Topcon's custom showroom and theater
Pop-outs on both sides of the Topcon Roadshow trailer expand to offer plenty of room to educate contractors around North America about productivity technology solutions.
Topcon's Technology Roadshow includes demonstrations of the technology working on equipment in the field.
Hot on the heels of a CONEXPO-CON/AGG 2014 dominated by talk of construction-site electronics, Topcon kicked off its Technology Road Show this week with what I think are several compelling reasons contractors should start planning to invest in improved productivity.
Here's the reason you should be looking at GPS and laser grade-control systems and other technologies that improve control over jobsite productivity:
1. Annual, global expenditures on infrastructure will have to grow from the $12 trillion dollars spent in 2012 to $35 trillion by 2030 to accommodate 22% population growth to 9 billion people. The global construction industry's maximum capacity today is estimated to be in the neighborhood of $24 trillion.
So how do you make up the $11 trillion difference?
Topcon's vice president of marketing, Mark Contino suggests part of the answer lies in another study that measured 20% waste in all construction projects, on average. Waste due to mistakes, poor planning, delivering the wrong or excess materials to a jobsite, poor communication all resulting in rework.
Even if you don't buy the 20%-waste estimate, nobody doubts that technology can dramatically reduce construction waste.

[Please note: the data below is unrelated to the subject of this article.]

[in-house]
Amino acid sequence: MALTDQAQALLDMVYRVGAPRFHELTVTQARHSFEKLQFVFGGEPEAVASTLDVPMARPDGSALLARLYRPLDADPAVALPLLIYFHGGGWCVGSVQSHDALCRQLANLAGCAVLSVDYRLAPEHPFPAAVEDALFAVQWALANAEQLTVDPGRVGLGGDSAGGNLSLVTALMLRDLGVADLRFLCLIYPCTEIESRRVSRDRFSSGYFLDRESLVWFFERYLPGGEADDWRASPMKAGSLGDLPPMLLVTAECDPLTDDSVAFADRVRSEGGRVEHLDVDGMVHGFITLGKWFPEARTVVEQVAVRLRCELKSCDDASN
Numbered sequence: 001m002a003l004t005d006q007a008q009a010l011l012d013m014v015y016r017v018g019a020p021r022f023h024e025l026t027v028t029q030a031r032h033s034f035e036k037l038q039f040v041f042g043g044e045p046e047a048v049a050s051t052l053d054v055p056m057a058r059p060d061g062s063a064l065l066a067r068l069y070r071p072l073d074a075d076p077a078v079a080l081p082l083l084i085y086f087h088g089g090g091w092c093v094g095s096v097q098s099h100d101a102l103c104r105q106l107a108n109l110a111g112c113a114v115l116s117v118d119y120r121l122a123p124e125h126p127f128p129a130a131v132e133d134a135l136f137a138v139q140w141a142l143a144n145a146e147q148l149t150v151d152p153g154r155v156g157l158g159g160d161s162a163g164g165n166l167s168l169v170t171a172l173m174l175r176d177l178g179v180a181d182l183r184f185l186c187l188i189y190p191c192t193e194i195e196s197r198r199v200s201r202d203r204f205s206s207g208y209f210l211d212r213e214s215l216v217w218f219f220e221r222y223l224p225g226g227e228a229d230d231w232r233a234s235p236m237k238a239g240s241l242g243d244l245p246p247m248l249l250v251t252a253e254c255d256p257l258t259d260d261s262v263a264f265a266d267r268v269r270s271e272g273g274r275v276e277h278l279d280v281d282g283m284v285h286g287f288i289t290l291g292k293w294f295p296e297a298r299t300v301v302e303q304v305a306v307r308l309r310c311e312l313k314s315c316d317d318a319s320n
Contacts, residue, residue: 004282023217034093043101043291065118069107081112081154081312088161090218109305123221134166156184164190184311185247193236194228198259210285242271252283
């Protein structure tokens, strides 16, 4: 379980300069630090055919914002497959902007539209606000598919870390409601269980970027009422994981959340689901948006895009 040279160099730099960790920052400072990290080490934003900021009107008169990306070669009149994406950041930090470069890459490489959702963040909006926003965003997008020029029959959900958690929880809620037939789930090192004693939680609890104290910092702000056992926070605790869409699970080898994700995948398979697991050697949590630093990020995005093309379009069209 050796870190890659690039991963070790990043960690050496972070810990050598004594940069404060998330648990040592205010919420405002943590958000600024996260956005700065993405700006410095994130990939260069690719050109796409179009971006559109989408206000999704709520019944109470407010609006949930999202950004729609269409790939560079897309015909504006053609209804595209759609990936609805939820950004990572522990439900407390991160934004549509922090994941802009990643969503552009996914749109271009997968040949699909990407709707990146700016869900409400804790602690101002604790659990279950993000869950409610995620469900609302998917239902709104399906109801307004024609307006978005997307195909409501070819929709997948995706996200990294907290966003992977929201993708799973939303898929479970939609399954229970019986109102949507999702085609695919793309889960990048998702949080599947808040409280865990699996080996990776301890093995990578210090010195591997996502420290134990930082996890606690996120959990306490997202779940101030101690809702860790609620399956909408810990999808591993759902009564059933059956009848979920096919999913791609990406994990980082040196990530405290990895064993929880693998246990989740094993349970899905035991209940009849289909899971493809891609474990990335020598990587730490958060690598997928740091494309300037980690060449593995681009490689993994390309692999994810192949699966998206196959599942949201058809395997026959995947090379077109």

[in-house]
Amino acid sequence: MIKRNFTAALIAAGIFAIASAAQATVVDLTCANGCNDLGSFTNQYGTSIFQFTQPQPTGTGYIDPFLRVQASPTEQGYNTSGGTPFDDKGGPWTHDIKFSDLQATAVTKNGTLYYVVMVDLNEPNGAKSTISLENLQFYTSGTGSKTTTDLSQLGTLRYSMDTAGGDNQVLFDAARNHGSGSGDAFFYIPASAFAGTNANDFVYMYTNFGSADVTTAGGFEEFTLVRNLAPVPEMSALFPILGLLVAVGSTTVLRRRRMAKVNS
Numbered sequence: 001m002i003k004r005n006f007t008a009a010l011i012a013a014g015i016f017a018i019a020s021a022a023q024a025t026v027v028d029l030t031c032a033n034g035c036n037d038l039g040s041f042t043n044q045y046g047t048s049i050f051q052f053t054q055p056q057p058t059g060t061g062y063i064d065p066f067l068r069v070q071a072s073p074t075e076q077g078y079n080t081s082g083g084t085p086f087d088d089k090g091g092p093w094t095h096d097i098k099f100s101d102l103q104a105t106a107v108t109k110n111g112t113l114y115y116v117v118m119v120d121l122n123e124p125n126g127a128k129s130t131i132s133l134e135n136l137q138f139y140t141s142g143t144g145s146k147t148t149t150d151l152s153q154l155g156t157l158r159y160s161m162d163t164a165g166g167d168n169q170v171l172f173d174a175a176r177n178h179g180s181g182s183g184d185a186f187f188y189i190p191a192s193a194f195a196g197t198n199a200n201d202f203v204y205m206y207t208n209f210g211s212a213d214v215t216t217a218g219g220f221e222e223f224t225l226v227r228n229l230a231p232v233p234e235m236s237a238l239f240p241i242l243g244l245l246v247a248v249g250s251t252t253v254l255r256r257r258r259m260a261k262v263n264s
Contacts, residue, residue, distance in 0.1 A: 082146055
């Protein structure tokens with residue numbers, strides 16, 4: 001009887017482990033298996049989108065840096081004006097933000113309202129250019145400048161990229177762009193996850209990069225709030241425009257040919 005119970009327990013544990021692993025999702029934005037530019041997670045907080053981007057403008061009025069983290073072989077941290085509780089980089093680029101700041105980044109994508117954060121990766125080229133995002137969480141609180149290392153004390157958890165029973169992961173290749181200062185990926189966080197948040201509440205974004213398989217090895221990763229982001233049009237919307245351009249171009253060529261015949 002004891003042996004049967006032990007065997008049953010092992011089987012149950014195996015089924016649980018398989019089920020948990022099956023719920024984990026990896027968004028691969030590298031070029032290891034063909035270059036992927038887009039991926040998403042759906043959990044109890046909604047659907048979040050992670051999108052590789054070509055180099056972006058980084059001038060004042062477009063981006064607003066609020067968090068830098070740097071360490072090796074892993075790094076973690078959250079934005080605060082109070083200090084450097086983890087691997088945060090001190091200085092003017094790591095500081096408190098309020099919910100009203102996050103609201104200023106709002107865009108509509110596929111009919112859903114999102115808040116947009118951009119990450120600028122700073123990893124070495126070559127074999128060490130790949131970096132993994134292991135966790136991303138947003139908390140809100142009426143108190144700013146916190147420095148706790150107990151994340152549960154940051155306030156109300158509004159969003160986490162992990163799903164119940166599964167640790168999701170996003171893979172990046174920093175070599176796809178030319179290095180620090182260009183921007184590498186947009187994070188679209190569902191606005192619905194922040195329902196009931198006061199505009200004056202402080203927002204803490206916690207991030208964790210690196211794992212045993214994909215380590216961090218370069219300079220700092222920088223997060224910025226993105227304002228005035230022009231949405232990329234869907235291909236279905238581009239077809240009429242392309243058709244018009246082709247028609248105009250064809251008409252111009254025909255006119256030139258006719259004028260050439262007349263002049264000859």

2. But the reason many of your competitors will be investing in productivity technology very soon is because their competitors recently have.
Every manufacturer asked why they were spending so much time talking at CONEXPO about jobsite technology counted customer demand among the top reasons.
"We had small mom-and-pop contractors coming into our CONEXPO booth and saying 'We've been neglecting this technology for years, but now the market is really changing and I need to do something to compete. What do you have?'" said Contino.
The company claims that less than 40% of the orders they processed at CONEXPO were from existing customers.
For Topcon, the icing on the cake was escalating demand for technology solutions from equipment manufacturers.
"Successful equipment manufacturers don't get into a whole new technology unless customers demand it," said Murray Lodge, executive vice president and general manager of Topcon's construction division. "And right now, requests to us from OEMs have gone through the roof."
Surging demand for grade control and other site technology pushed Topcon to upgrade the Technology Road Show. The road show enterprise represents a lot of different things, but one message that should not be overlooked is its cost.
Topcon customized a semi trailer to expand from both sides to create an air-conditioned theater and showroom more than 20 ft. wide. They're committed to staff it for three days of presentations at each of 23 stops in North America over the next six months. Topcon dealers are invested in the program, too. They will provide graders, dozers, excavators and trucks and equip them with technology. (The program is a lot more than video and PowerPoint. It includes hands-on learning.)
It's all dedicated to a construction industry that has consistently spent on information technology at half the rate of all other industries.
Topcon and its dealers aren't the only ones betting substantial dollars that the construction industry is accelerating its spending to improve processes and productivity.
Can you afford to be left behind?